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Book review

‘X’ by Sue Grafton

Sue Grafton is nearing the end of her alphabetically-framed series.Laurie Roberts

Direct in manner and quick to turn up the crankiness volume in any given situation, Sue Grafton’s astute, determined, and fiercely independent Kinsey Millhone has become a familiar pleasure since her “A Is for Alibi” debut in 1982.

Her charmed — and charming — circle of longstanding supporters includes landlord and octogenarian extraordinaire Henry Pitts; bar owner and purveyor of Hungarian goulash and chilled glasses of chardonnay Rosie; and on-again, off-again lover Robert Dietz (at the moment, he and Kinsey are just months shy of celebrating their “sixth anniversary of hardly ever seeing each other.”) Good-guy cops — and former Kinsey lovers — Cheney Phillips and Jonah Robb also make an appearance in her latest adventure, but the most significant recurring character in “X,’’ Grafton’s 24th novel, isn’t even alive: Down-on-his-luck private eye Pete Wolinksy died back in “W Is for Wasted,” but is still making his presence acutely and irrefutably felt.


Kinsey, in an attempt to help Wolinsky’s widow, Ruthie, with some paperwork, uncovers a coded list of six women’s names. All six, according to Wolinsky’s investigations, are connected in one way or another to a creepy guy called Ned Lowe. As this particular mystery deepens, Kinsey also confronts new revelations about Pete that make her reassess her own previous assumptions about his character, discoveries that make her pursue this particular puzzle with reenergized fervor.

Ratcheting up the heat as she heads toward the finish line of her alphabetically-framed series, Grafton has turned in a corker of a novel with “X,” upping her already high-level game just as Kinsey juggles Wolinsky’s Ned Lowe mystery while immersed in a second case.

Early on in the novel, she’s summoned to a beautiful house where she meets Hallie Bettancourt, a mother who gave up her son for adoption long ago and is now trying to track him down. That the son is a recently released convict only serves to pique Kinsey’s interest, and, in true Grafton fashion, the investigation, enhanced with several bouts of surveillance — “This was information-gathering at its most basic, which is to say, boring beyond belief” — grows ever curiouser and curiouser.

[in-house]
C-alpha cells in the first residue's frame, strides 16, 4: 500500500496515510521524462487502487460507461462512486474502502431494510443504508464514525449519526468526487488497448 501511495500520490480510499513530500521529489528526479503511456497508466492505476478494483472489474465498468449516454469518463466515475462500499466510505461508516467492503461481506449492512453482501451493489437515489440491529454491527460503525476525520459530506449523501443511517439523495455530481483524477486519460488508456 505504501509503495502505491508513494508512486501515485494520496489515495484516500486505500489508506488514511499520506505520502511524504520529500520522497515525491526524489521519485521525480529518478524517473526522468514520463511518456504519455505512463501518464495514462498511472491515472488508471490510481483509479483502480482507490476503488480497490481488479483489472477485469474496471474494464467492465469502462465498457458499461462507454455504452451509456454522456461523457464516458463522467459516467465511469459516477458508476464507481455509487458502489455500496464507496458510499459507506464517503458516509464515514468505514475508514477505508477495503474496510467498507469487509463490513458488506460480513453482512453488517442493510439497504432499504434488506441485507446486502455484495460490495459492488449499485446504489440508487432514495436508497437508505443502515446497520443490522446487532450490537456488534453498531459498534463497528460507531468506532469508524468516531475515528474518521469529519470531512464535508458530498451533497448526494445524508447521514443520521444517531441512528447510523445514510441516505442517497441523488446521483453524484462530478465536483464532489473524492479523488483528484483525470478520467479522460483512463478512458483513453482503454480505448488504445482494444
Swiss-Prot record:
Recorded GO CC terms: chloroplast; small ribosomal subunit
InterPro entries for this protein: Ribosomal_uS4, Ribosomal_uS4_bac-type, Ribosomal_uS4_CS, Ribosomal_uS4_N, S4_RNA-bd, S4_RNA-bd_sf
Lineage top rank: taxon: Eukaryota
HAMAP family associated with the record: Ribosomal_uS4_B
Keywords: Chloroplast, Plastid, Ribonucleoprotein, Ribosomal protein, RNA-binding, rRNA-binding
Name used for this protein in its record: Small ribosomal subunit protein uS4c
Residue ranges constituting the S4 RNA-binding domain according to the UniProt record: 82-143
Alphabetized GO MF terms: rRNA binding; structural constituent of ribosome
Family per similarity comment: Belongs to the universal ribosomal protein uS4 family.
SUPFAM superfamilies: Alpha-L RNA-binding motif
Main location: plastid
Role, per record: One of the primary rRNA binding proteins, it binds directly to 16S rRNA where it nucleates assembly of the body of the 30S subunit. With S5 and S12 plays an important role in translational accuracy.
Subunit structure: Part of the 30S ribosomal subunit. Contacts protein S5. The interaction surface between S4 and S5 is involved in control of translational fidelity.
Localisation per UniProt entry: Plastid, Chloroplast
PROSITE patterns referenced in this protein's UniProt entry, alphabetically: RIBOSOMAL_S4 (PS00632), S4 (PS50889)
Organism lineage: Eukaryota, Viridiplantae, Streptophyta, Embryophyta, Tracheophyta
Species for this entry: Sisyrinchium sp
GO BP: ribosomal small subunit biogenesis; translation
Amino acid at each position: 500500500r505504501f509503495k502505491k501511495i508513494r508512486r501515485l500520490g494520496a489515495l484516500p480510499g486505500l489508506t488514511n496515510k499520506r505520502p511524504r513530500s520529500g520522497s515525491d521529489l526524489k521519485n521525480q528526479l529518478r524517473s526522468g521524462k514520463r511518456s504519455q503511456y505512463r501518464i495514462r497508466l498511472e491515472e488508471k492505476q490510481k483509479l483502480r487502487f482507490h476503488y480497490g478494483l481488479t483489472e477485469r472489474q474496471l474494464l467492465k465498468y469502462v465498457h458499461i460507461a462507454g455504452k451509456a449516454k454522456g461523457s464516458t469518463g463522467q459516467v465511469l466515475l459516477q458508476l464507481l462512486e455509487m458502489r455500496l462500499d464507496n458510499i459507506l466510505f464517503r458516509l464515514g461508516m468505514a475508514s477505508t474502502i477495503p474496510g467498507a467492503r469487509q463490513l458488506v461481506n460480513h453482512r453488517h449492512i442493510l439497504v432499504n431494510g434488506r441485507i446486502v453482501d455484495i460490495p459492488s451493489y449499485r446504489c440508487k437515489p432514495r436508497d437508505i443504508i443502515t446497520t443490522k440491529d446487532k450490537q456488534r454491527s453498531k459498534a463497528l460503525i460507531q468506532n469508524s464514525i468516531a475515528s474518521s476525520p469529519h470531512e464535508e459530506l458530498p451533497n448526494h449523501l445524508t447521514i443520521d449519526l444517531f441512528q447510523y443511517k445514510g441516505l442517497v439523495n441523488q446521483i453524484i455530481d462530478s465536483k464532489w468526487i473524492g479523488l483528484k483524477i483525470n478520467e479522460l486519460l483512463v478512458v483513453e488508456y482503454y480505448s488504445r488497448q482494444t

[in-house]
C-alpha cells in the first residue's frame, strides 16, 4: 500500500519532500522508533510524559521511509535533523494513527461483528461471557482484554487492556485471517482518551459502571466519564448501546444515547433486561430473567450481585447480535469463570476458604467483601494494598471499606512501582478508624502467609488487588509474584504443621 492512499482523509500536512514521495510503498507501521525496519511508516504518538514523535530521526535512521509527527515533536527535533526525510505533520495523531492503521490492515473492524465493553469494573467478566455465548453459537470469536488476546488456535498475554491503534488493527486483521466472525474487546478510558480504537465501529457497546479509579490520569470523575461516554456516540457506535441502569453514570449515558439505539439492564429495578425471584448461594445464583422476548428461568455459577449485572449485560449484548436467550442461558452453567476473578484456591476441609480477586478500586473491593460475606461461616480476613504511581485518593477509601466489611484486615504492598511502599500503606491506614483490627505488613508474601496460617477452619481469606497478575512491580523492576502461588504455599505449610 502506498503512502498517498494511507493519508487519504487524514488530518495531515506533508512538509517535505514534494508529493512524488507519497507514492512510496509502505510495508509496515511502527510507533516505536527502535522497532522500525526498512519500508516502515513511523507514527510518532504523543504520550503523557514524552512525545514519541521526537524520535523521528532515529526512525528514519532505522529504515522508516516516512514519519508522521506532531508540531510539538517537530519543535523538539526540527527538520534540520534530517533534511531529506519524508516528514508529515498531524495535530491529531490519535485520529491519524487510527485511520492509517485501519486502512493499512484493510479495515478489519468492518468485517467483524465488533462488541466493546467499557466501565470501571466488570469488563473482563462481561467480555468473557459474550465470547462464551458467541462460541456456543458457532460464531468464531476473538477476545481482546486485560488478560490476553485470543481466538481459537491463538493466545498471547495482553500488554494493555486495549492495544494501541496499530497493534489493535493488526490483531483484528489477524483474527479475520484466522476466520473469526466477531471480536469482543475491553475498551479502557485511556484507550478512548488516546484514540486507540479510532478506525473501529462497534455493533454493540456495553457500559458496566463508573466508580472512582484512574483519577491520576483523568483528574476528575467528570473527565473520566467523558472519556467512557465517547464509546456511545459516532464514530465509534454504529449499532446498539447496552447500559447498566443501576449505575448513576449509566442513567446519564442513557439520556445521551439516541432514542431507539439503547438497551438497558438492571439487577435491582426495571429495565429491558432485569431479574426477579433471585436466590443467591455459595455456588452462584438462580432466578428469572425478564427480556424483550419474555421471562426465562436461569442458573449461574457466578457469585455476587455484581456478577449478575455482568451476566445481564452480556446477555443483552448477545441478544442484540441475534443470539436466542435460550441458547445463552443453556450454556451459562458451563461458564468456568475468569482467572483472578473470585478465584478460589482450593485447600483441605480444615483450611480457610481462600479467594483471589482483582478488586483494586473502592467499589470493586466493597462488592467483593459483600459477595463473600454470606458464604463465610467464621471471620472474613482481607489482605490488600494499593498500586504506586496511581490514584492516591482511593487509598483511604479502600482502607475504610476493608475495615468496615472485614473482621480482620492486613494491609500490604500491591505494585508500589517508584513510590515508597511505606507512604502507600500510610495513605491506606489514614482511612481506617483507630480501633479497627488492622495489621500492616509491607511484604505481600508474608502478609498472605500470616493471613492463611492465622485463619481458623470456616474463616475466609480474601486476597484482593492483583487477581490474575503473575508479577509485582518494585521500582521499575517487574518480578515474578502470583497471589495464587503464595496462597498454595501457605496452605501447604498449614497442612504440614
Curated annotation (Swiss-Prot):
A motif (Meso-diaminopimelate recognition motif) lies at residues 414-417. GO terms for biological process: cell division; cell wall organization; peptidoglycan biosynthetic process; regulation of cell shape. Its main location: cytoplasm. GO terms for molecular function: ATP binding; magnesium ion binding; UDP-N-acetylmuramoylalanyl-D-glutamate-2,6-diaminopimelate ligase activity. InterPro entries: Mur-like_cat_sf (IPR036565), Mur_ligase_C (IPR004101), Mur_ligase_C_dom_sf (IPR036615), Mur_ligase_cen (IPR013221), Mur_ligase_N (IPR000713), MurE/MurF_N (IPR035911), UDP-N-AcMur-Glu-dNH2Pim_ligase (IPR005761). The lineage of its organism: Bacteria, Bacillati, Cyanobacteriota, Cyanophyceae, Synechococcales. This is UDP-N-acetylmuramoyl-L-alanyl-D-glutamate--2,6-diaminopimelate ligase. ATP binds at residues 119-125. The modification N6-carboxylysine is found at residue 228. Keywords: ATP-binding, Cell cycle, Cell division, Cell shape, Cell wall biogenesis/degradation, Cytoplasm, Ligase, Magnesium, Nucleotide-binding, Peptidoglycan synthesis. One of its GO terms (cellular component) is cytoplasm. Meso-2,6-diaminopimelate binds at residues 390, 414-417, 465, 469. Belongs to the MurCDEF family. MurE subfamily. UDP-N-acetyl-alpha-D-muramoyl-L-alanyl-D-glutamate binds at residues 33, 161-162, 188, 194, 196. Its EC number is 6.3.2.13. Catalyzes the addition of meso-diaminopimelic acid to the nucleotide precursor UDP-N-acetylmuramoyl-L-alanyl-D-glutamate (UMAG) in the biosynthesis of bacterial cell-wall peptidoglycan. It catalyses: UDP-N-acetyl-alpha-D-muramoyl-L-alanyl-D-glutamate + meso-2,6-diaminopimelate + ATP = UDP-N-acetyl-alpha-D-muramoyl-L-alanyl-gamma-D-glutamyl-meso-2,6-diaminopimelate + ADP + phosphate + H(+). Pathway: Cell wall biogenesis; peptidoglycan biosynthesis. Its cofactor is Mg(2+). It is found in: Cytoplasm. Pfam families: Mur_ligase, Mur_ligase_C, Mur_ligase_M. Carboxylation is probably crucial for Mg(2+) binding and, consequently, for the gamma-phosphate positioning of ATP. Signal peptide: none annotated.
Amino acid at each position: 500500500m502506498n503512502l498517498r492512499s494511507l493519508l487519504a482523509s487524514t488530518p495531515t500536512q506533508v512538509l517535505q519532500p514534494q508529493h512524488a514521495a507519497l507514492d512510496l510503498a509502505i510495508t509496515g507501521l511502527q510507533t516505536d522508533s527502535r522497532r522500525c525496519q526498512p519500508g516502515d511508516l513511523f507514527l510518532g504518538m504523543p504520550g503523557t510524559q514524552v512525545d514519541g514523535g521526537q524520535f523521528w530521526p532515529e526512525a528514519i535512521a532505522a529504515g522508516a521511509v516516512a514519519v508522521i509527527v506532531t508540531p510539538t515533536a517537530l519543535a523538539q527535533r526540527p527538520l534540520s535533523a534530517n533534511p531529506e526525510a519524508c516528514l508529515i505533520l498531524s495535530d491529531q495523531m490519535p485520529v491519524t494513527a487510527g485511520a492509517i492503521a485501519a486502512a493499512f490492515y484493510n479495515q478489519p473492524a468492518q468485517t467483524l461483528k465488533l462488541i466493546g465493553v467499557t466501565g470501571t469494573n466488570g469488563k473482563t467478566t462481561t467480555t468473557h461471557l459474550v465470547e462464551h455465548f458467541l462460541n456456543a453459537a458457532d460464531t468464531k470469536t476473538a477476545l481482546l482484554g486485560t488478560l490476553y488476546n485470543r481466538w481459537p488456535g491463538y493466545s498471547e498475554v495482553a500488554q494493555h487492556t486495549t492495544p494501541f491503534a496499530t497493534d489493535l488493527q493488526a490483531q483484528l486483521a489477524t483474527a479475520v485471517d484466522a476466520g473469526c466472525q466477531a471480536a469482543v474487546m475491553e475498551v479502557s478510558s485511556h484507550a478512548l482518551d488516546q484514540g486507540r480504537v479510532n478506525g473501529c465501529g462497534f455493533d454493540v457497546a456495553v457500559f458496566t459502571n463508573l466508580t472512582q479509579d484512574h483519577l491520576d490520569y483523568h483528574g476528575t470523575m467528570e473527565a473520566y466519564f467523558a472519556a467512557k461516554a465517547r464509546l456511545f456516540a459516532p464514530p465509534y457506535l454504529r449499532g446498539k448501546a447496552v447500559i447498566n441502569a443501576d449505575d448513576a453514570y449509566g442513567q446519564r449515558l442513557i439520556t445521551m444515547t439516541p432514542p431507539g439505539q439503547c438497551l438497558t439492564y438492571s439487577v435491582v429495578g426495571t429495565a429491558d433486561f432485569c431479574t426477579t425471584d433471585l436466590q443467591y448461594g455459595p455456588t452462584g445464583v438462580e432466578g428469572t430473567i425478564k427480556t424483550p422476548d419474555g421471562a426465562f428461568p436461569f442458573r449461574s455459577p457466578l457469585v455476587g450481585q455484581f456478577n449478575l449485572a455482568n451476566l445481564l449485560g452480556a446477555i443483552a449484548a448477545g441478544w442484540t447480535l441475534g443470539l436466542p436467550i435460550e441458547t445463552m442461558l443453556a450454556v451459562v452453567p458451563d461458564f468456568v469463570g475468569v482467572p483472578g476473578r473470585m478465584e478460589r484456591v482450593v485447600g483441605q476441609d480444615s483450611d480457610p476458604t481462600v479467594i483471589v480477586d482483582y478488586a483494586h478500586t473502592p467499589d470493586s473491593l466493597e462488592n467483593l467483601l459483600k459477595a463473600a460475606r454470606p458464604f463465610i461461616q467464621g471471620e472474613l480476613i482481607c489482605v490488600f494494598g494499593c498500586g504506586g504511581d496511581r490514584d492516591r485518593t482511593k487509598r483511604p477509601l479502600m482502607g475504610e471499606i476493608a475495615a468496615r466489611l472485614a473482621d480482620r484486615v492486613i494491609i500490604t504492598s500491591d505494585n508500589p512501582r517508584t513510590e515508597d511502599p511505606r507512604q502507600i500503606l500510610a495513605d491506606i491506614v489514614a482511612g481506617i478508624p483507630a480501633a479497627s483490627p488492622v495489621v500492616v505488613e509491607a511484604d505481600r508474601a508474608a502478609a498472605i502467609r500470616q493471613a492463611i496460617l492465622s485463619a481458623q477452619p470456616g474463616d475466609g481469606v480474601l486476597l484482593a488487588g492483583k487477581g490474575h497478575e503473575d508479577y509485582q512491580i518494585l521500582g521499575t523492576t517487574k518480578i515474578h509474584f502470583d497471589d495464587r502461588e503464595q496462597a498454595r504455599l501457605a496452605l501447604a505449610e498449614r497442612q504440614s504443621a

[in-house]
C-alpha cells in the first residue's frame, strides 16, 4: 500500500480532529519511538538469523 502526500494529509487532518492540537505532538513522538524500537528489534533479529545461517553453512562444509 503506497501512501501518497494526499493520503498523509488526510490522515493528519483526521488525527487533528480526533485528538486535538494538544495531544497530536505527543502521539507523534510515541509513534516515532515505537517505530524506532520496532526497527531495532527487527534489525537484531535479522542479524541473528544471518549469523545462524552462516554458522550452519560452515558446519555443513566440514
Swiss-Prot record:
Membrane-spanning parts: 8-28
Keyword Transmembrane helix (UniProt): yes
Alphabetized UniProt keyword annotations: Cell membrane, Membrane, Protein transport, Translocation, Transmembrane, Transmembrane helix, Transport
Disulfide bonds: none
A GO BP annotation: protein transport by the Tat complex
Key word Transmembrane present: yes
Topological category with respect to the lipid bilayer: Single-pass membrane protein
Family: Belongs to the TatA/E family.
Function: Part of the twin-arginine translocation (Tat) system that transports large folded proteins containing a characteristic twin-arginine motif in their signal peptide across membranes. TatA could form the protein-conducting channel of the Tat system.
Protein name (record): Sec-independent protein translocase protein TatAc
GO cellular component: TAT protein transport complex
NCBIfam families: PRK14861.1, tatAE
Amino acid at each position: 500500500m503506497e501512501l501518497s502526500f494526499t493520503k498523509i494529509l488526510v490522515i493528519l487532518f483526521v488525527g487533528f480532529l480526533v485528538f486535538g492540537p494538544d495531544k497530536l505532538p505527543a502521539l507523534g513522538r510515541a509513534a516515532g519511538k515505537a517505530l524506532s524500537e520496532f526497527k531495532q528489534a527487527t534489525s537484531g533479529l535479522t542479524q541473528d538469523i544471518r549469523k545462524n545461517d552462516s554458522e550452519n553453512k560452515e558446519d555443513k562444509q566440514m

Meanwhile, closer to home, an aged and querulous couple move in next door to Henry, who is busy adjusting his home and garden to best tolerate encroaching drought conditions. Edna and Joseph are full of needs, complaints, and sly requests that put Kinsey’s back up immediately and conjure one of those tart and on-the-money observations that she’s got down pat, noting, as Edna walks away in a sulk, that “[s]he looked pouty from the back.”

As Kinsey tackles multiple mysteries she remains as entertaining as always, adept at distracting herself by mentally alphabetizing curse words, referencing Philip Marlowe as she cleans her underwear, and even proving herself to be practically a pro at no-nonsense marriage counseling.

And Grafton must have had good fun sprinkling various shades of the letter X throughout “X”: from the ubiquitous sort of X to indicate one’s location in a building, to a bank (the Bank of X. Phillips) to a divorcee (Teddy Xanakis), from xeriscape gardening to a shipping company called XLNT Portage, from a Father Xavier to the Xs of a trellis, half the enjoyment here is spotting the letter in its various incarnations.

But the other half belongs to Kinsey: While she sets about tracking down a baddie who is, as one character chillingly notes, “human by imitation,” making full use of her trusty tools — a portable Smith Corona, easily shuffleable index cards for her notes, and serious levels of comfort food — Kinsey holds our attention from her early morning, three-mile run to her signature “respectfully submitted” sign-off.



By Sue Grafton. Marion Wood/ Putnam, 403 pp., $28.95

Daneet Steffens is a journalist and book critic. Follow her on Twitter @daneetsteffens.